Although the high school basketball talent in Washington, D.C. ranks among the best in the country, the college game has never flourished there. The brightest prospects kept leaving town. Elgin Baylor went to Seattle University, Dave Bing to Syracuse and Austin Carr and Adrian Dantley to Notre Dame. Local teams, meanwhile, went on relief.
Now moon-faced, Washington Monument-sized John Thompson of Georgetown seems to have plugged the leak in the talent pool. Last week his homegrown Hoyas upset No. 12-ranked St. John's 74-73 in overtime and ran their record to 15-3. "Times are different," says the 6'10" black coach. "For many years local schools did not want black athletes. When they finally decided they did, it was too late. The tradition among the players was to get out. Fortunately we've been able to change that a little."
Thompson himself was one of those who left D.C. behind when he went to Providence College 16 years ago. He was a star there and then spent two seasons with the Boston Celtics, playing behind Bill Russell. After that came six years back in the capital, coaching at St. Anthony's High School. In 1972 he was elevated to the job at Georgetown and in four years there has done what his predecessors never could: corral enough local talent to build a topflight program. The Hoyas start four Washington players and have four more on the bench. Two of them, Center Merlin Wilson and Guard Jonathan Smith, Thompson actually recruited for St. Anthony's; they followed him to Georgetown. Wilson is the school's alltime leading rebounder and Smith should become its No. 1 scorer.
Thompson's prize catch is 6'7" freshman Al Dutch, the team's second leading scorer with a 14.6 average. "Everybody wanted him," says Thompson. "If we can continue to convince players of his caliber to stay home, we'll be one of the top teams every year."
February 16, 1976
Not all of Thompson's finds had Dutch's credentials. Sophomore Guard Mike Riley, who held St. John's Frank Alagia scoreless, was taken off a Navy-submarine service ship, the U.S.S. Holland. "I remembered him as a high school player and we tracked him down in Charleston, S.C.," says Thompson. "He was due to be discharged so it worked out. He had a hard time believing I was serious. But he was just what we wanted: a good playmaker, a good ball handler and very good on defense."
When Thompson took over, the Hoyas had just come off a 3-23 season. They finished 12-14 his first year and 13-13 the next. Last season they were 18-10, appeared in the NCAA playoffs and won their coach a five-year extension of his contract. The victory over St. John's was Georgetown's 21st straight at tiny McDonough Gym—its 26th in the last 31 overall—and raised hopes for the school's first appearance ever in the weekly Top 20 poll. "Rutgers is the only team I've seen in the East that is better," says Redmen Coach Lou Carnesecca. Against St. John's, Dutch and Guard Derrick Jackson did most of the scoring, with 21 and 23 points respectively.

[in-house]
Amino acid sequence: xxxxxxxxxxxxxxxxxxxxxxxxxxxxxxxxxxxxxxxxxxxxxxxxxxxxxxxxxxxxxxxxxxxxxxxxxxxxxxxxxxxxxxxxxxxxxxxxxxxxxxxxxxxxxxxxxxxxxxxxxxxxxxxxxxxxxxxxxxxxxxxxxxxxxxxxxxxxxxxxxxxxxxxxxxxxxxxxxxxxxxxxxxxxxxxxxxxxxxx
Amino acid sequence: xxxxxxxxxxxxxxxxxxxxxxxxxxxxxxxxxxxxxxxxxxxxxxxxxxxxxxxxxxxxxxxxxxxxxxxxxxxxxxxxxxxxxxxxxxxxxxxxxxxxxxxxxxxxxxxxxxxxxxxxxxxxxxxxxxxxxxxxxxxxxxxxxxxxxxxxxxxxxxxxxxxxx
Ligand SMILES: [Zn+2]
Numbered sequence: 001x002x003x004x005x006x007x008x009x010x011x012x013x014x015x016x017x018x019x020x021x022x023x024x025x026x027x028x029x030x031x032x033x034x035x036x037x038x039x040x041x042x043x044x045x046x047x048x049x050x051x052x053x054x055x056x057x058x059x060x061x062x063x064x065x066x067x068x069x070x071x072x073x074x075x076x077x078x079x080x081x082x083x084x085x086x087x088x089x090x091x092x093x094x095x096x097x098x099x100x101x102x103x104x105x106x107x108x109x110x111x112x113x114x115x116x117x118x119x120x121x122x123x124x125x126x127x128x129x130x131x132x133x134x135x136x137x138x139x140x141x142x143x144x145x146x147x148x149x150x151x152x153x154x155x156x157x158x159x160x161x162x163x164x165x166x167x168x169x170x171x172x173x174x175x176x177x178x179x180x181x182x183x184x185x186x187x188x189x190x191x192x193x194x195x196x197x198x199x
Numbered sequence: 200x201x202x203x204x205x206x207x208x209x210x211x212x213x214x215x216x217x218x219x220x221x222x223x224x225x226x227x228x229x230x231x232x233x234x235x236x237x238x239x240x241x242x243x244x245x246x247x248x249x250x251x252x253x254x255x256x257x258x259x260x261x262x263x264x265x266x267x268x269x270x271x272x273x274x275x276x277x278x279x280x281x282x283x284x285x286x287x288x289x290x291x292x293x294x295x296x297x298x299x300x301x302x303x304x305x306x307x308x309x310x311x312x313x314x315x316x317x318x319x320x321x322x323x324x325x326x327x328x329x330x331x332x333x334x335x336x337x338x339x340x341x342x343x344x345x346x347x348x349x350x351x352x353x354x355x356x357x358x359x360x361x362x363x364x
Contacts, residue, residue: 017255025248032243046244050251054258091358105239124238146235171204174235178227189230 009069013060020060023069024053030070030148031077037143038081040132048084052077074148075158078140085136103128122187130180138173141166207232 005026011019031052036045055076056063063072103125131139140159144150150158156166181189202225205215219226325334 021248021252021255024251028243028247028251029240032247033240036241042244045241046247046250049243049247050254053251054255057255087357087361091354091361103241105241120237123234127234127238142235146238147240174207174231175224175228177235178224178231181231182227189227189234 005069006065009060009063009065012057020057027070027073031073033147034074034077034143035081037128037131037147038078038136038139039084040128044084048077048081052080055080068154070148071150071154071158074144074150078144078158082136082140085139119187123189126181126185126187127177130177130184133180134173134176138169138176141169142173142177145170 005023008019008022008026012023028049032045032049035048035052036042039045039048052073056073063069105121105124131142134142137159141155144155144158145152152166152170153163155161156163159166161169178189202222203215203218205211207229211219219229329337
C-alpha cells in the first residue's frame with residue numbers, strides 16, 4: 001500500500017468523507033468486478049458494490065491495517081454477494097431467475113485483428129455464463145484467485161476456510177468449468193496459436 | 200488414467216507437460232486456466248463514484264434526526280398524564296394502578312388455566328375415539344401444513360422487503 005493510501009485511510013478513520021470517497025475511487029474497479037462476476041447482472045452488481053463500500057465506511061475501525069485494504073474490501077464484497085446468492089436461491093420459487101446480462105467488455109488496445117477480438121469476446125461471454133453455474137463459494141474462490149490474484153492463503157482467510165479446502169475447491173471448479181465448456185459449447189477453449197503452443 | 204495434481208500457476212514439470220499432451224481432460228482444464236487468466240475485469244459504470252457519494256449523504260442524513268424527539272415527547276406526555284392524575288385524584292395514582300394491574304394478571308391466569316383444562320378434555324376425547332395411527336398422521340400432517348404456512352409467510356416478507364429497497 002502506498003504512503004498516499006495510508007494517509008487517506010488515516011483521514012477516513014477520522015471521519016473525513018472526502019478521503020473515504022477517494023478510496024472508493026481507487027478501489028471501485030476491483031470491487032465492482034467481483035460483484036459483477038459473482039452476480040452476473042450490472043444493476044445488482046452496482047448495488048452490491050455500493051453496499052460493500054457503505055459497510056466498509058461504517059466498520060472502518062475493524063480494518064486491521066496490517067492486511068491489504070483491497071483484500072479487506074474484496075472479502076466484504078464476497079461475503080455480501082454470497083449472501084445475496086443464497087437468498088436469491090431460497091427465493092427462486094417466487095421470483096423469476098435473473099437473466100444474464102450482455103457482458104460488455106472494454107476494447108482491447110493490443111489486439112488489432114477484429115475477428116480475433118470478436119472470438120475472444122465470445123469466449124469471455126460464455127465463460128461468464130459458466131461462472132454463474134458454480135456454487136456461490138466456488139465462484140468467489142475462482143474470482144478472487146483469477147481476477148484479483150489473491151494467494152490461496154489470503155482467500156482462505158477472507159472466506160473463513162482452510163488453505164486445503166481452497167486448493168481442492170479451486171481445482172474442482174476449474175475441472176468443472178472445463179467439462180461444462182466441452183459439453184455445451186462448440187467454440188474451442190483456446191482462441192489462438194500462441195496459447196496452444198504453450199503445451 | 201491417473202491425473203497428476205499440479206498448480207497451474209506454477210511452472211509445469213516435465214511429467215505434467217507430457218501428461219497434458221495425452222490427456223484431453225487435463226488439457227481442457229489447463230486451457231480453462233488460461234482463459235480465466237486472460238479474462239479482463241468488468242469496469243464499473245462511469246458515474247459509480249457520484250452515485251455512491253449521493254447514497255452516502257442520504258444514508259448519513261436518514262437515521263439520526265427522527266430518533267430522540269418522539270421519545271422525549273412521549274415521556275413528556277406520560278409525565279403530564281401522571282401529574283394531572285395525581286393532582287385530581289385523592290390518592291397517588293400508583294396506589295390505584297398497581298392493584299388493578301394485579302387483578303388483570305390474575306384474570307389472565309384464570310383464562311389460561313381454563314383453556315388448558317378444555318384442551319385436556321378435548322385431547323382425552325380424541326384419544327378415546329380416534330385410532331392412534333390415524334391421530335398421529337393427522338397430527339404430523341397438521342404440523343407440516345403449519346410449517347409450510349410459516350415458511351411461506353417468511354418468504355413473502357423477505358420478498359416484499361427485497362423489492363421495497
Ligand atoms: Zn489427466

Thompson's father-son relationship with his players becomes apparent at games. He chooses to sit in the middle of the bench instead of at one end with his assistants. "We can communicate better that way," he says. A taskmaster (he has held practice right after a game that displeased him), he is also deeply interested in the well-being of his players. Thompson demands that they attend all their classes and record their progress in a book he keeps in his office. "My father couldn't read or write," he says, "but he wanted me to take academics seriously. Too many kids think they can get rich playing ball. I tell them that even if they do make it to the pros, they could turn out to be another John Thompson sitting on the bench."
His message seems to be getting through. In a rare expression of respect the players call him "Mr." instead of "Coach." And Dutch says, "When people ask me what's at Georgetown, I tell them 'John Thompson.' He's a good coach and a good man."
Unlike many of the more flamboyant members of the coaching profession, Thompson does not smoke, drink, dress nattily or act jive. He's a family man, a philosopher, a teacher and, he claims, not much of a recruiter. "Athletics has a way of running away with itself," he says. "But I don't see myself as a crusader." And in an almost apologetic effort to desugar his good-guy image, he insists that he is, in fact, very emotional. "I scream. I holler. I'll curse," he says. "There are people who don't like me."
One of them hung a racist sign outside the gym last year during a six-game losing streak, caused in part by Thompson's decision to bench a key player who had cut some classes. Another unfriendly advised a white player Thompson was trying to recruit: "Don't go to Georgetown. Thompson only wants to play blacks." In fact, Thompson wants to play anybody who can help him win.
This year his players certainly have done plenty of that. "It was the same at St. Anthony's," says Wilson. "We were building from the bottom up—creating, not duplicating. If everything works out well here, more and more players will want to stay in Washington and go to school here, too. They can build up a program at home instead of giving some other school a big name."
Other coaches in the District would no doubt consider that a capital idea.